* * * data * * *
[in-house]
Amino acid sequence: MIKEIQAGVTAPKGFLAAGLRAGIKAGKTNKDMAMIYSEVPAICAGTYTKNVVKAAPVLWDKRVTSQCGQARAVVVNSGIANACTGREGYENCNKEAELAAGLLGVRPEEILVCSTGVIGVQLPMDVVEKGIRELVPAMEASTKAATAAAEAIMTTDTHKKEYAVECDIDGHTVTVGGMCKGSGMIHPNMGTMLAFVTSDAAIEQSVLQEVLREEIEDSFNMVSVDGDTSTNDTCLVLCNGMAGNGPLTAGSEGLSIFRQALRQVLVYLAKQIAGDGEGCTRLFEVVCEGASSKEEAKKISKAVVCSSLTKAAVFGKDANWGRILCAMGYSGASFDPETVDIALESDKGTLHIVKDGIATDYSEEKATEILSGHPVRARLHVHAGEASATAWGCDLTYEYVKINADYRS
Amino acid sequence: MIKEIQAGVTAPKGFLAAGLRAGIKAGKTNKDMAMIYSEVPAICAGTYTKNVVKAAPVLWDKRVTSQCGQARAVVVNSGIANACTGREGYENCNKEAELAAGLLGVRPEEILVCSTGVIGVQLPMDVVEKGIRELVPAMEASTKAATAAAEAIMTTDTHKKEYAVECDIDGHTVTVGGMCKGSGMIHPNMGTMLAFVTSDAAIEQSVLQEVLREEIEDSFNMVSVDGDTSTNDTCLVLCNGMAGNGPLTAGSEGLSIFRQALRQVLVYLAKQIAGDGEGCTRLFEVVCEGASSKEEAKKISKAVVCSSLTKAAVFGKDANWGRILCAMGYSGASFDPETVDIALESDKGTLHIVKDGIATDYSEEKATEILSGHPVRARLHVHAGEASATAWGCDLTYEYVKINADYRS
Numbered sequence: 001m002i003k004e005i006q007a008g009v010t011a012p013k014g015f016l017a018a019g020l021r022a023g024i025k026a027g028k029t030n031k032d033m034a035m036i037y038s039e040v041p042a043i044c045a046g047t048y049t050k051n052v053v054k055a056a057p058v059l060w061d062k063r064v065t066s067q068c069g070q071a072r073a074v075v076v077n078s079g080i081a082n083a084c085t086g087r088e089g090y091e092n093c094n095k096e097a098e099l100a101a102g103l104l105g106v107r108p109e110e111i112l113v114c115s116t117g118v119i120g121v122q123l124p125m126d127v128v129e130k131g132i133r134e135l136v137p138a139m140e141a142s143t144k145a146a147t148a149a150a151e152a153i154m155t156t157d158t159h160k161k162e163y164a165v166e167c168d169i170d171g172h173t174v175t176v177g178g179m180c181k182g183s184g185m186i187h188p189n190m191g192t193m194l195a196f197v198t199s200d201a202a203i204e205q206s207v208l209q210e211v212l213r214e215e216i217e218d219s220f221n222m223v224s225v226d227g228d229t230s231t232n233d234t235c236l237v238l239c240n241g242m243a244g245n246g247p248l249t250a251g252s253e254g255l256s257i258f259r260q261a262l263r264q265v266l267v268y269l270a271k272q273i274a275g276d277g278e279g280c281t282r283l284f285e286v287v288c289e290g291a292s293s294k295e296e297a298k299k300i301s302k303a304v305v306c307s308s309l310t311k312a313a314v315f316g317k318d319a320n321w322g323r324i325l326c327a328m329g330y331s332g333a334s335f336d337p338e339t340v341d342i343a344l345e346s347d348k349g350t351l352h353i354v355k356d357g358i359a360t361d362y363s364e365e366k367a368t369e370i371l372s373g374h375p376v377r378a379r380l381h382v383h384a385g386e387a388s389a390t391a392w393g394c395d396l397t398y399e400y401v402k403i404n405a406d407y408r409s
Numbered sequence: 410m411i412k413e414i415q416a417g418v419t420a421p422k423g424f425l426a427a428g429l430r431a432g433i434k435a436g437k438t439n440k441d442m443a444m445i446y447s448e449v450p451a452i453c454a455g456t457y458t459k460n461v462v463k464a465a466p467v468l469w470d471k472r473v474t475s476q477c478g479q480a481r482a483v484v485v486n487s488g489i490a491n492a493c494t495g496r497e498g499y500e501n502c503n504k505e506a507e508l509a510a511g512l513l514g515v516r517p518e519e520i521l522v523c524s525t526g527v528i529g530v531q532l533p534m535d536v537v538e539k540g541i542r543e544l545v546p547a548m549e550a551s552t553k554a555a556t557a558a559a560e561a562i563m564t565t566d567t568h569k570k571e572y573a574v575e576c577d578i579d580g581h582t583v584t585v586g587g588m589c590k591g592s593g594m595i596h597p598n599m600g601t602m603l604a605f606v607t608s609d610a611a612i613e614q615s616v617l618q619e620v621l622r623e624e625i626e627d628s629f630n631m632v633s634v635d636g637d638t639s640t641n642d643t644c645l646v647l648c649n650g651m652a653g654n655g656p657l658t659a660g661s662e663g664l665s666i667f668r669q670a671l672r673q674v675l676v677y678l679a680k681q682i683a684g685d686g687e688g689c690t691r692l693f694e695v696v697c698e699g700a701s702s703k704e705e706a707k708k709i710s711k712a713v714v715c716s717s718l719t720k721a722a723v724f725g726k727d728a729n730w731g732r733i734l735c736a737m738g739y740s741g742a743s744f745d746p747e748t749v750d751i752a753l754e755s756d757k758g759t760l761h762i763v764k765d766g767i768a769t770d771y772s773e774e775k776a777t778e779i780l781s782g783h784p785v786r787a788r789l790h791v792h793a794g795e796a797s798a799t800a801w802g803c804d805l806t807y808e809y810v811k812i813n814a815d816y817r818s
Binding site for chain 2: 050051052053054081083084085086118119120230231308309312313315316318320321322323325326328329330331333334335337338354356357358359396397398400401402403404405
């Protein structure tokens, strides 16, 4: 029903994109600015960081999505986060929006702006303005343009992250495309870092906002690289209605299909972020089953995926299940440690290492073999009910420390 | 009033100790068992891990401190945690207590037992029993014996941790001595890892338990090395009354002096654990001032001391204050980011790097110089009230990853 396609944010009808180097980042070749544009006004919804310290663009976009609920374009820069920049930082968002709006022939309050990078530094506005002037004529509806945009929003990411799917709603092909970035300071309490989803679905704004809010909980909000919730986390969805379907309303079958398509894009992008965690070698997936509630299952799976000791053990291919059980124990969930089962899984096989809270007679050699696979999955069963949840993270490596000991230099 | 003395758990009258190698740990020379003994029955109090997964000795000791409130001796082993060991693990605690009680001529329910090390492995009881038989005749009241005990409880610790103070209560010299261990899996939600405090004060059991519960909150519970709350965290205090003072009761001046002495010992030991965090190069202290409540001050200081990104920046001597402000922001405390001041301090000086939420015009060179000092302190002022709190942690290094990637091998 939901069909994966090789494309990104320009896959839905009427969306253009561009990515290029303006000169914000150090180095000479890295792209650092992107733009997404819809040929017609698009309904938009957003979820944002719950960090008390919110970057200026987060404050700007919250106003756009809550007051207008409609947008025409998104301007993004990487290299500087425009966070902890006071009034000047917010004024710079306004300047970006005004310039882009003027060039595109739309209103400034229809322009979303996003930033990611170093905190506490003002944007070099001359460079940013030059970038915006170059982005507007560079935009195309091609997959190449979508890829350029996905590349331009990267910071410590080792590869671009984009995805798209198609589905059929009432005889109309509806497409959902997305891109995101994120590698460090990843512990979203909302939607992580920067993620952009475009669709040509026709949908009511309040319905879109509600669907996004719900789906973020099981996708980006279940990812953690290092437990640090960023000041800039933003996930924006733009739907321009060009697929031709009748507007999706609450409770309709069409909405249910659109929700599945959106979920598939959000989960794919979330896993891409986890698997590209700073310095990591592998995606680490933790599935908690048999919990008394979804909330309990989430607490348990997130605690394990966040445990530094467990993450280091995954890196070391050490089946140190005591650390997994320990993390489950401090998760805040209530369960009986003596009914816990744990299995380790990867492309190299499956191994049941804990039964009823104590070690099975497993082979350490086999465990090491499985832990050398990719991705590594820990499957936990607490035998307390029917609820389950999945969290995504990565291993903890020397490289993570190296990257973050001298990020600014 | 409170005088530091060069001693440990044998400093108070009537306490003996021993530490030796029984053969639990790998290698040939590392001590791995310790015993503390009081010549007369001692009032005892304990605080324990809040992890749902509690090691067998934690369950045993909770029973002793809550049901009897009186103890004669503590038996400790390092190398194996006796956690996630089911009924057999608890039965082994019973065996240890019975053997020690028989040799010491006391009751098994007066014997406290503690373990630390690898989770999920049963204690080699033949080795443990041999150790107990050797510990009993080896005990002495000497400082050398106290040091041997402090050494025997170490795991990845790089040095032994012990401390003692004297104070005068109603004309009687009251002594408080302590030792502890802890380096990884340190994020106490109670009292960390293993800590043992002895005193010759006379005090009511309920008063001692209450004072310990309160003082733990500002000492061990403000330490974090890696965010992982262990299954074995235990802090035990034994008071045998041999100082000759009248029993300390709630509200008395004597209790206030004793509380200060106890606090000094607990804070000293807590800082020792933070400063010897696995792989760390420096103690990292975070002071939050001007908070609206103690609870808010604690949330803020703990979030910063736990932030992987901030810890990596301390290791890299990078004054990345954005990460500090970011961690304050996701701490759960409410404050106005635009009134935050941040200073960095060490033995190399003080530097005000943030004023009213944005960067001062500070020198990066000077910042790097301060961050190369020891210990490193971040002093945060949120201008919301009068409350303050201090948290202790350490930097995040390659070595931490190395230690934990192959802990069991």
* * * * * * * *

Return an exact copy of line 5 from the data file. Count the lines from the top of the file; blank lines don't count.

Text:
Numbered sequence: 410m411i412k413e414i415q416a417g418v419t420a421p422k423g424f425l426a427a428g429l430r431a432g433i434k435a436g437k438t439n440k441d442m443a444m445i446y447s448e449v450p451a452i453c454a455g456t457y458t459k460n461v462v463k464a465a466p467v468l469w470d471k472r473v474t475s476q477c478g479q480a481r482a483v484v485v486n487s488g489i490a491n492a493c494t495g496r497e498g499y500e501n502c503n504k505e506a507e508l509a510a511g512l513l514g515v516r517p518e519e520i521l522v523c524s525t526g527v528i529g530v531q532l533p534m535d536v537v538e539k540g541i542r543e544l545v546p547a548m549e550a551s552t553k554a555a556t557a558a559a560e561a562i563m564t565t566d567t568h569k570k571e572y573a574v575e576c577d578i579d580g581h582t583v584t585v586g587g588m589c590k591g592s593g594m595i596h597p598n599m600g601t602m603l604a605f606v607t608s609d610a611a612i613e614q615s616v617l618q619e620v621l622r623e624e625i626e627d628s629f630n631m632v633s634v635d636g637d638t639s640t641n642d643t644c645l646v647l648c649n650g651m652a653g654n655g656p657l658t659a660g661s662e663g664l665s666i667f668r669q670a671l672r673q674v675l676v677y678l679a680k681q682i683a684g685d686g687e688g689c690t691r692l693f694e695v696v697c698e699g700a701s702s703k704e705e706a707k708k709i710s711k712a713v714v715c716s717s718l719t720k721a722a723v724f725g726k727d728a729n730w731g732r733i734l735c736a737m738g739y740s741g742a743s744f745d746p747e748t749v750d751i752a753l754e755s756d757k758g759t760l761h762i763v764k765d766g767i768a769t770d771y772s773e774e775k776a777t778e779i780l781s782g783h784p785v786r787a788r789l790h791v792h793a794g795e796a797s798a799t800a801w802g803c804d805l806t807y808e809y810v811k812i813n814a815d816y817r818s